An amazing plant

@mags49 @JoC
that I think you’ll find interesting - part of a collection photographed in 2014. A unique experience for me and maybe I’ll never be able to complete the sharing. (tag myNAMAexperience)
It’s amazing how this little plant survives, burying itself in the hot summer months. But will the pollinators survive? And the snail is an invader, what will it’s impact be.
Venstertjies - Little Windows

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Yes a remarkable plant. By the way have you seen the collections of this type of plant at Kew (or was it Wisley), not the same as seeing them in the wild of course. I wonder how many people see these plants in botanic gardens and that inspires them to get involved in plant recording or want to see them in the wild.

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Have been to Kew many times but never Wisley.
My love for plants in the wild goes back a long, long way - we were barefooted children that played on the sand dunes in Fish Hoek (mostly lost to developers) and picked the flowers at the road side in the Main Road with my grandmother. Remember being told that they would close when out of the sun.
Choice of career that required botany - chose Pharmacy (subjects included Botany and Pharmacognosy in those days) and enjoyed botanising for pleasure. No regrets.

Might be interesting to know how many students of pharmacy these days know anything about plants or is it just chemical formulae now.
Wisley is worth a visit but greenhouse space much more limited than kew, they do have a new ‘science centre’ which of course is largely a cafe and exhibition space although there are labs etc hidden away. Wisley does things like fruit and veg which are missing from kew along with ornamental plants and garden spaces, it is also on different soil type.

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Thanks for sending a link to this remarkable plant. The coastal fog belt is an interesting habitat, I read through the links in the observation and a couple more on line sources. At a casual glance the delicate green stage looks like sea glass gathered into a grouping.

Got me thinking about global heating’s impact on that area, with its dependence for precipitation on cold ocean current , had a look at this fact sheet from IPCC 6th assessment report papers. Looks like that part of Africa is likely to experience less precipitation in contrast to the Sahara area, say. Though precipitation patterns are crucial too, the nature of rainfall events really matters…… so, a good opportunity to look at another part of the world, I usually read ipcc stuff about polar areas and Europe.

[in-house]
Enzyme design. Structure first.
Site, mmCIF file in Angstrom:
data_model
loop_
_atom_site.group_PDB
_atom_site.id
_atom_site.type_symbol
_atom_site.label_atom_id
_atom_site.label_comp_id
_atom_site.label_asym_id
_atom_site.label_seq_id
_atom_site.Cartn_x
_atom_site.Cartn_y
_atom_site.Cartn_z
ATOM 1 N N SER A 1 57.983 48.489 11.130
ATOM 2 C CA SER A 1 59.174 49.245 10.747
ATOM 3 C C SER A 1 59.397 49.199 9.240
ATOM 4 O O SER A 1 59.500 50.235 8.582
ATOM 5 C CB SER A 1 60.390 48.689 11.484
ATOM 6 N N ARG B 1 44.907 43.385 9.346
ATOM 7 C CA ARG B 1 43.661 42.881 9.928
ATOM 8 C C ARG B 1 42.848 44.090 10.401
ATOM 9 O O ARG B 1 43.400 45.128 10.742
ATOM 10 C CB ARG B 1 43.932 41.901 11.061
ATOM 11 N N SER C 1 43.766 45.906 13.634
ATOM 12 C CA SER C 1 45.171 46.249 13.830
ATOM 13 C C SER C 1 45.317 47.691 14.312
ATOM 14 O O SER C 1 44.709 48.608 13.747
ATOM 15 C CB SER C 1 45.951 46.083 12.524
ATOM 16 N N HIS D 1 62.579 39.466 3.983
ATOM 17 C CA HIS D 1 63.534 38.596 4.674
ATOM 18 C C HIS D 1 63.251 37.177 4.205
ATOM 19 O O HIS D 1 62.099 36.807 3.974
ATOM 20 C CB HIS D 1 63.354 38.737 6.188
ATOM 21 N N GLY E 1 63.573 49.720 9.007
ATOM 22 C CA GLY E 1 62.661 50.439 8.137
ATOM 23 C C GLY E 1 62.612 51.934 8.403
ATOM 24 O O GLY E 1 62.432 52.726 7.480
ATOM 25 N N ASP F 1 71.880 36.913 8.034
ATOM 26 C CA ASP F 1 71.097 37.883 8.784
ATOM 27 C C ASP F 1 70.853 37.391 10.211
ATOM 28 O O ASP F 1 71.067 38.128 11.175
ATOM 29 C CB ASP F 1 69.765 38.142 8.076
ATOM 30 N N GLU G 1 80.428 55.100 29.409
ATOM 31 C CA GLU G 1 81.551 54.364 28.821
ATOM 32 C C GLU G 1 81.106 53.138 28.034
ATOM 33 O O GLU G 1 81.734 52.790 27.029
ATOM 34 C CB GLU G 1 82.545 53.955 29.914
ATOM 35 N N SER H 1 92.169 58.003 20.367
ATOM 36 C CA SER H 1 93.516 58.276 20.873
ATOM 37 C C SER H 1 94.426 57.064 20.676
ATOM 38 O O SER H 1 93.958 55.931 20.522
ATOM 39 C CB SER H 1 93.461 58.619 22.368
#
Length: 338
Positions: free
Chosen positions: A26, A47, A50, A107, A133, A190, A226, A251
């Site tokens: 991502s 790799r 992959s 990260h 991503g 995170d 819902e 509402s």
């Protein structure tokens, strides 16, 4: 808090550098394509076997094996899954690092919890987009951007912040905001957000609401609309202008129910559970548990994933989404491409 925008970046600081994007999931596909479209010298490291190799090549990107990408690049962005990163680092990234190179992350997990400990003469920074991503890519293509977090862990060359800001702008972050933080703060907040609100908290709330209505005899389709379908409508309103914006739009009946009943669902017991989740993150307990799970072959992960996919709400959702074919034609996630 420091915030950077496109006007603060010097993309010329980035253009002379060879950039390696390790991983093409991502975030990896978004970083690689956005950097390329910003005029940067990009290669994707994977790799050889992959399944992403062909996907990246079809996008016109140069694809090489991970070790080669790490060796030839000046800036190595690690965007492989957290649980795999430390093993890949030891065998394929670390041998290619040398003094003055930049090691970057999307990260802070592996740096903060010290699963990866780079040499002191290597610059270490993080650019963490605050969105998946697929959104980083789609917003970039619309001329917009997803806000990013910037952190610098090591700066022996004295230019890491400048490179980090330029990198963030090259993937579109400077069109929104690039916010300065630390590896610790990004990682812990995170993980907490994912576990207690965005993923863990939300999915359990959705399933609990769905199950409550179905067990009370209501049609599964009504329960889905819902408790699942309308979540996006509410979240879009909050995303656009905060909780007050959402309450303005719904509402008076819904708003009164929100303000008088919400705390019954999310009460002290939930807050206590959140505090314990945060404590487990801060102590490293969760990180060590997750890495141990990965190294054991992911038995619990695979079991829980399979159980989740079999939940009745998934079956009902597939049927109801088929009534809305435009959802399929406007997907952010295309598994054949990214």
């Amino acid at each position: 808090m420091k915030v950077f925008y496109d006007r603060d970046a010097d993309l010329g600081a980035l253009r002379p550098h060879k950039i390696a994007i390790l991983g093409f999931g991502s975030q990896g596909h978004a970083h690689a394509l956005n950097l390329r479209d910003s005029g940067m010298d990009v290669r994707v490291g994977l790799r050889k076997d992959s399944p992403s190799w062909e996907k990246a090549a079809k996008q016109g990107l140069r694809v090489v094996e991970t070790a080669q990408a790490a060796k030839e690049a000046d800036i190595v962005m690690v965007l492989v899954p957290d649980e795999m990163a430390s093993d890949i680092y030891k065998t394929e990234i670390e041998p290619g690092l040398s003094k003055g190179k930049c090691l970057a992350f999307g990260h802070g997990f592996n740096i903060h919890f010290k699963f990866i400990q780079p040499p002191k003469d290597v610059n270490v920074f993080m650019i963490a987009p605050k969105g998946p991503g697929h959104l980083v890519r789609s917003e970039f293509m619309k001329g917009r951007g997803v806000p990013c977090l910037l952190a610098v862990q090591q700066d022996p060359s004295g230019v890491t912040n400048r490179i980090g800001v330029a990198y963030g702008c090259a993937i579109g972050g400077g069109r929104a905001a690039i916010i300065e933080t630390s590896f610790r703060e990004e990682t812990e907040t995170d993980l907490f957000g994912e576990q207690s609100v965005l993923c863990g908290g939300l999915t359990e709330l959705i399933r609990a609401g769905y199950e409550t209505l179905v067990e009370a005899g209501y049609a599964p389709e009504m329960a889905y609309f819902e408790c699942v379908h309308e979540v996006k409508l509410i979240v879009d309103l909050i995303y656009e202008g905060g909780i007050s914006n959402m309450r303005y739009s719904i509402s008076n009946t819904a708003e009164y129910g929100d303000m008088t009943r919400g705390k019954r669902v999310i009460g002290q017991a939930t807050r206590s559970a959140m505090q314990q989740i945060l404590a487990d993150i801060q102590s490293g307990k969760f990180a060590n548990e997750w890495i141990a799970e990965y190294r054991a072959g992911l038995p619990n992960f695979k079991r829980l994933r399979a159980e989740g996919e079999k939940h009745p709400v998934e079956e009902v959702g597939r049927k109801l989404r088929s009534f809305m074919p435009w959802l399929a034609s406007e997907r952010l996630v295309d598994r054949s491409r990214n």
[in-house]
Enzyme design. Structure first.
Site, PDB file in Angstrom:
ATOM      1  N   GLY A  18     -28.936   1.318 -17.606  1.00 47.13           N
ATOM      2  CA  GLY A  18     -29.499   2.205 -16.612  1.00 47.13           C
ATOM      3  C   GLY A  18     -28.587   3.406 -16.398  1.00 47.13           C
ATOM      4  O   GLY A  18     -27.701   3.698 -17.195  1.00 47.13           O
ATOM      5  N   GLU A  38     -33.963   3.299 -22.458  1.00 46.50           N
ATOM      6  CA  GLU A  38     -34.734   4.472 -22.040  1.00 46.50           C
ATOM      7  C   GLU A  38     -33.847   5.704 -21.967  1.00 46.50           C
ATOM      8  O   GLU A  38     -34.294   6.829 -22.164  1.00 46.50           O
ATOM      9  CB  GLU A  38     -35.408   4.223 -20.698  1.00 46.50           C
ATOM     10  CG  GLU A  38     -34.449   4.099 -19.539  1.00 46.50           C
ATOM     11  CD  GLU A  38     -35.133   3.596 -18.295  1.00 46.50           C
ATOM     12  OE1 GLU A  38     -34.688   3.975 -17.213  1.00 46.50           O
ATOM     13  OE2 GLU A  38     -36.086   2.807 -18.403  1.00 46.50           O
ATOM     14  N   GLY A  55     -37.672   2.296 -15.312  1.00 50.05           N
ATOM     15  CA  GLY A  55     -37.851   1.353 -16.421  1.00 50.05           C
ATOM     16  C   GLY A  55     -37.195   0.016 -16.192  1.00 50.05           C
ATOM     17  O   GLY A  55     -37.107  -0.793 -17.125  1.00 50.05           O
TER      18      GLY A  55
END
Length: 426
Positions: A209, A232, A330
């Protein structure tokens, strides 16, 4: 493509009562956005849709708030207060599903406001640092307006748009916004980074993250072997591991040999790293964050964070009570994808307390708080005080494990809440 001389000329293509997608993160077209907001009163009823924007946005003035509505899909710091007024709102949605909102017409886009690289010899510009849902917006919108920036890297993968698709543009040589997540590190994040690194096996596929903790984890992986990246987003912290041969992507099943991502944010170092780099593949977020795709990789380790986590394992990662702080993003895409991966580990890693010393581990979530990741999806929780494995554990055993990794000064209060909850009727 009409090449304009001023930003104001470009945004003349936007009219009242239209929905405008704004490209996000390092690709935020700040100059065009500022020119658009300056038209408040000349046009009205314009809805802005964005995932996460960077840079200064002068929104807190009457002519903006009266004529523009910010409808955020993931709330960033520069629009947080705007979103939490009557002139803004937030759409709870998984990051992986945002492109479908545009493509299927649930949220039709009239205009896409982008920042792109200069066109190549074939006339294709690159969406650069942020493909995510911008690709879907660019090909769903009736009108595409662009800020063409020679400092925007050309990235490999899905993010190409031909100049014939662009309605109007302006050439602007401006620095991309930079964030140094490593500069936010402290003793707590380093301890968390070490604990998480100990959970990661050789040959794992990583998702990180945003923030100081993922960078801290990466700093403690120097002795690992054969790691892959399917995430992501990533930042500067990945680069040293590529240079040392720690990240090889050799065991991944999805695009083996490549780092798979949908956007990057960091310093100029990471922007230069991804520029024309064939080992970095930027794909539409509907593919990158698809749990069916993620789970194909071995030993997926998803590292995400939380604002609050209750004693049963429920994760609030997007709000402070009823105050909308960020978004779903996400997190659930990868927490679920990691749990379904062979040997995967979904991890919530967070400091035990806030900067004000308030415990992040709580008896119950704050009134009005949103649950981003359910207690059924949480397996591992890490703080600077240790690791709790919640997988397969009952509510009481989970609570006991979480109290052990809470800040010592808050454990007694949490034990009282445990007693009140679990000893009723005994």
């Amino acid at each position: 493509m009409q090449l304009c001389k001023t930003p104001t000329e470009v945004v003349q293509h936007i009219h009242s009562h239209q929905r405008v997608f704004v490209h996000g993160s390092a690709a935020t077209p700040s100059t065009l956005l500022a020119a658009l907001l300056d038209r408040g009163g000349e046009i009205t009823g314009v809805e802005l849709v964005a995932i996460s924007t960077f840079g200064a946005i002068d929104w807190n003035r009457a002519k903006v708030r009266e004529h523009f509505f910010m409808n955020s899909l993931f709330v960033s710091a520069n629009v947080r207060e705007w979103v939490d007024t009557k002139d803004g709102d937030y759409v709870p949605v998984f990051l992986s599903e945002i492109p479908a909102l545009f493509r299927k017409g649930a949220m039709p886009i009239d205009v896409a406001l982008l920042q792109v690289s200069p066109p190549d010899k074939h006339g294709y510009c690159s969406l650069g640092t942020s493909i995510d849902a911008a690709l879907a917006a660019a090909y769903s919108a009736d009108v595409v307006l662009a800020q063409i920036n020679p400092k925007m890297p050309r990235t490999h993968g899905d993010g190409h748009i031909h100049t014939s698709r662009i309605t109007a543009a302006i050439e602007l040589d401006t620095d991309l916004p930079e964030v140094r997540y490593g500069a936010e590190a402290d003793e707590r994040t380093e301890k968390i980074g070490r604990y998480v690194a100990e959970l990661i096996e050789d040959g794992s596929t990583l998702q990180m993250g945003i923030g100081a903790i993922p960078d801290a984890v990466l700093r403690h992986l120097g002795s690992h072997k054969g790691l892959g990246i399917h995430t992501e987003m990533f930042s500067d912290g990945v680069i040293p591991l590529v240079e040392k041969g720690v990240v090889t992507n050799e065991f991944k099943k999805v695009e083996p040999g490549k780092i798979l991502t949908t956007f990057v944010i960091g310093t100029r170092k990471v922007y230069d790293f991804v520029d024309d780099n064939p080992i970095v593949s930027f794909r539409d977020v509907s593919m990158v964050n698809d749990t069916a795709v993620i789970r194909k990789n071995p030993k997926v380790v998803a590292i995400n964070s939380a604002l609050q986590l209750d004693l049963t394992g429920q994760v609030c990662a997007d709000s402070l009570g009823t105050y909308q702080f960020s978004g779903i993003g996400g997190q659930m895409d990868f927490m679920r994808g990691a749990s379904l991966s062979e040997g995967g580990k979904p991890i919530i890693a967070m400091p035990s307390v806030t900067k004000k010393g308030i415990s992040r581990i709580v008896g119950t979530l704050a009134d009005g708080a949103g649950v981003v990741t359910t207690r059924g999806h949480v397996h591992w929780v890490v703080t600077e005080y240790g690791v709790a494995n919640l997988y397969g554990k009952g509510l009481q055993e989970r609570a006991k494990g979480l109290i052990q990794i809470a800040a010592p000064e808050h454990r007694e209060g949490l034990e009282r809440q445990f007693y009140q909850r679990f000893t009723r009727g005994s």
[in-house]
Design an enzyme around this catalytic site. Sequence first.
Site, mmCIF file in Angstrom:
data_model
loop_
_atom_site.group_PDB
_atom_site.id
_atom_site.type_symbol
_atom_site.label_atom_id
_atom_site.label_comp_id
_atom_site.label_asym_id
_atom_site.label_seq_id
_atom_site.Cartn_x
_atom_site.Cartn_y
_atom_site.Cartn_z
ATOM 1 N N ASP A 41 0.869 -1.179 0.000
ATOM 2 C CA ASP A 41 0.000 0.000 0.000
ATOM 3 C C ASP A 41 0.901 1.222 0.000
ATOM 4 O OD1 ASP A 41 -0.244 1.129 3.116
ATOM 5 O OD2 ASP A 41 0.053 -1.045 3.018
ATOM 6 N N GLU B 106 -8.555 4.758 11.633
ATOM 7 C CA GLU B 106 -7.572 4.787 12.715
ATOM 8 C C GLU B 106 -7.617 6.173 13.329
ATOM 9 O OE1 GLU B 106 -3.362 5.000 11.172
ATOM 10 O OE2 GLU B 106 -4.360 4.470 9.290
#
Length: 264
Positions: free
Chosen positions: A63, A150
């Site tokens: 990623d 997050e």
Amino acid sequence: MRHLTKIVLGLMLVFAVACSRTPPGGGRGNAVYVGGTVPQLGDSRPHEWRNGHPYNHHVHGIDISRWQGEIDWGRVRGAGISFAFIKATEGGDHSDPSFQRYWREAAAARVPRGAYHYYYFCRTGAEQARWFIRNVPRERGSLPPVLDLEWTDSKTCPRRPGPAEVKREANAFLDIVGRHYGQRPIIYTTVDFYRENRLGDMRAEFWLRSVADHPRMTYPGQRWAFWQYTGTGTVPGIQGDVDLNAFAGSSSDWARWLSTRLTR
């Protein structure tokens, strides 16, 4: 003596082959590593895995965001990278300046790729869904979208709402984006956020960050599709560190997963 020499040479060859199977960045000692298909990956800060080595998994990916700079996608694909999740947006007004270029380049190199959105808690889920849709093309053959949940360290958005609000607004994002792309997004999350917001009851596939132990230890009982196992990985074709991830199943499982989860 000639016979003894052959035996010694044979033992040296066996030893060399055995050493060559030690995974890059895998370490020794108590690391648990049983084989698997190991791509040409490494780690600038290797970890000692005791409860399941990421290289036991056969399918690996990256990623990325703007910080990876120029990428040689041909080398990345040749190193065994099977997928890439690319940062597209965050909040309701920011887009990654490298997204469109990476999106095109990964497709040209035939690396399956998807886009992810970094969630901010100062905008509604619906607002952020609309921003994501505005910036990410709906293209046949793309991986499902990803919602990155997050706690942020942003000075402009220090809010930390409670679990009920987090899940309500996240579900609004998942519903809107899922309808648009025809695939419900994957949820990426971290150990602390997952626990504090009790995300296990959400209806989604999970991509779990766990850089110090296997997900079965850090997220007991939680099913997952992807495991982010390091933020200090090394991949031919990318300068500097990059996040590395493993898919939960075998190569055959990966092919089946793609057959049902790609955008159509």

It’s a very lovely plant, whether in flower or not, green or orange.

This is a really interesting region - mags49
When we were young my father took trips to the Northern Cape Coast and beyond, for the refrigeration of the fishing Industry - the cold current and winds cause “upwelling” - If I remember correctly it was over-fished by foreign vessels.
Then look at the Google Maps and see what Diamond Mining did to the environment.
I think the costal mists will still prevail as long as the cold current is as it is now.
We spent a lot of time in the Langebaan area - remembering days of Whaling and the factory at Donkergat.
Tales of Penguin eggs being harvested from the islands off the coast.
Then the building of the sea terminal at Saldanaha, that changed the currents and altered the coastline of the bay - development by people who needed a second home with a sea view - then needed lighting - so light pollution.
This train on the Sichhen Saldanaha line - carrying iron-ore for export
Train along the coast|690x461

All this in my lifetime, but at least, for the moment the night mists and coastal fogs still provide moisture for the lichens I love, and these amazing plants
One of the You Tube videos The Sishen–Saldanha Railway Line - YouTube

Wow, some long trains on that line! I read a book many years ago that got me interested in the environment of the Namib coastal fog belt (and that of Chile and California), The Skeleton Coast by Benedict Allen. I might just take it from the shelf and again view the images of shipwrecks, the Sperrgebiet diamond mine area, the dune systems and so on, and read it again.
Will need to read more on the climate change impacts, as I say it’s hard to stay abreast of the impacts predicted for different regions, and it will be uneven.

You have some nice memories to ponder.

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Quite am old article but makes one realise that there is more to designing drugs for receptor sites than one realises Progress in Structure Based Drug Design for G Protein-Coupled Receptors
I was fortunate to be able to attend a talk by Deepak Chopra (many moons ago) and remember him saying that God didn’t design the receptor sites for Valium/Prozac merely for the drug companies -
Oh dear - now I’ve got side - tracked listening to a Chopra lecture.